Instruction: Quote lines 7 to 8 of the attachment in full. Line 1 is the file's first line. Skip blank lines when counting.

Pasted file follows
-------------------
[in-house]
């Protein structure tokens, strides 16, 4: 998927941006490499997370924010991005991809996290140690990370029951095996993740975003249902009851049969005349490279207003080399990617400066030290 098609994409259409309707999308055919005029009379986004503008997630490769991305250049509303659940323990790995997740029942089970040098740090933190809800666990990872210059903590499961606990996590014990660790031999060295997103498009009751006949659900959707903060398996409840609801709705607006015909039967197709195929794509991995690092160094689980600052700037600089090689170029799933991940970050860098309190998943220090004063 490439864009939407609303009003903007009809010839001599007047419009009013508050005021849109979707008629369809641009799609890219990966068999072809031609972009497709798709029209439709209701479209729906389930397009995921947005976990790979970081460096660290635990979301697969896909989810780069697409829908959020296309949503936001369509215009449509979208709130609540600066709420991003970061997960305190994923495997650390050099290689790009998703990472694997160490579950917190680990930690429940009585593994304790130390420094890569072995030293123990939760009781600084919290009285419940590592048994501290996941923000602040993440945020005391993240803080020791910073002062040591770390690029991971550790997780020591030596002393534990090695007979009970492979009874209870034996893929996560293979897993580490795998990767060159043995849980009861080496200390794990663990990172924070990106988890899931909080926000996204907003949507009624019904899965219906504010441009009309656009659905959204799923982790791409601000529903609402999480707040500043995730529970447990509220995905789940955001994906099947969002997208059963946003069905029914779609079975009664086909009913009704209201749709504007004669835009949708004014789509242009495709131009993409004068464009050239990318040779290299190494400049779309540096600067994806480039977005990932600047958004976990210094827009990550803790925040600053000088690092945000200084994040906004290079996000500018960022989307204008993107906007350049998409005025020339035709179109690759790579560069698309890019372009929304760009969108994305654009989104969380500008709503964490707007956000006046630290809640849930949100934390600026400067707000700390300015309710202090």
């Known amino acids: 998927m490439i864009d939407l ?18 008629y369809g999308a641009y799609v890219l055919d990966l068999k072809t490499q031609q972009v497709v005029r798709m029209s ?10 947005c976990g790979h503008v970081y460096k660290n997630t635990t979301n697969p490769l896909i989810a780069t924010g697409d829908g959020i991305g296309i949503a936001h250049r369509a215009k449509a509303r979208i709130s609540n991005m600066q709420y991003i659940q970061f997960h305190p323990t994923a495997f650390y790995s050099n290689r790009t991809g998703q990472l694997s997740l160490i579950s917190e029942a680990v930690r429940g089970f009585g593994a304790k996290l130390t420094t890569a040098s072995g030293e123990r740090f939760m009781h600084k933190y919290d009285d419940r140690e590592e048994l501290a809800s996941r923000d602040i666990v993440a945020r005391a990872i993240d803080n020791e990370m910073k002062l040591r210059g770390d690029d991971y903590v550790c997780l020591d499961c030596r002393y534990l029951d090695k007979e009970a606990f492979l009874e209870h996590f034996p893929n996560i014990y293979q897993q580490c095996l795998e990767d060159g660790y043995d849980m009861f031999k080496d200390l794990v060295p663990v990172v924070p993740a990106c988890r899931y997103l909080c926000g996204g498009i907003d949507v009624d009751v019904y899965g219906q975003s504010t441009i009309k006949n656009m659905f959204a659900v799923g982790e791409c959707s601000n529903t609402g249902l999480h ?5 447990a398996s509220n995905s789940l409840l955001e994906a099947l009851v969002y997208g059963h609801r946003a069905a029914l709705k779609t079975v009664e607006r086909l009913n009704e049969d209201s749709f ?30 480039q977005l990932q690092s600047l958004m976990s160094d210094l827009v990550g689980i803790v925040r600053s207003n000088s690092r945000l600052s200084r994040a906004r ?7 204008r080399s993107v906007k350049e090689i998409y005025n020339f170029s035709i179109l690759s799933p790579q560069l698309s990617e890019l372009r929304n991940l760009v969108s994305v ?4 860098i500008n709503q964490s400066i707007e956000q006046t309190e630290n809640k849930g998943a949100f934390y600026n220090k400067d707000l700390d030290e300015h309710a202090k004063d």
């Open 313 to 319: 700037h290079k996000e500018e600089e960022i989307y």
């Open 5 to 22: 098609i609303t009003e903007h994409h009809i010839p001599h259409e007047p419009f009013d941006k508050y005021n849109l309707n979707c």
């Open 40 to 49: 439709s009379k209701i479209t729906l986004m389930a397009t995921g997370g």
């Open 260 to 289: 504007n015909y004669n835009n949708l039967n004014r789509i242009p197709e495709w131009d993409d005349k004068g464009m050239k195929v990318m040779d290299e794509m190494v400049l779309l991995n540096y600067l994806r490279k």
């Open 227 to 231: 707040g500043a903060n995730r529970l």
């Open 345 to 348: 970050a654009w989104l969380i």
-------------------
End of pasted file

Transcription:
């Open 260 to 289: 504007n015909y004669n835009n949708l039967n004014r789509i242009p197709e495709w131009d993409d005349k004068g464009m050239k195929v990318m040779d290299e794509m190494v400049l779309l991995n540096y600067l994806r490279k």
């Open 227 to 231: 707040g500043a903060n995730r529970l």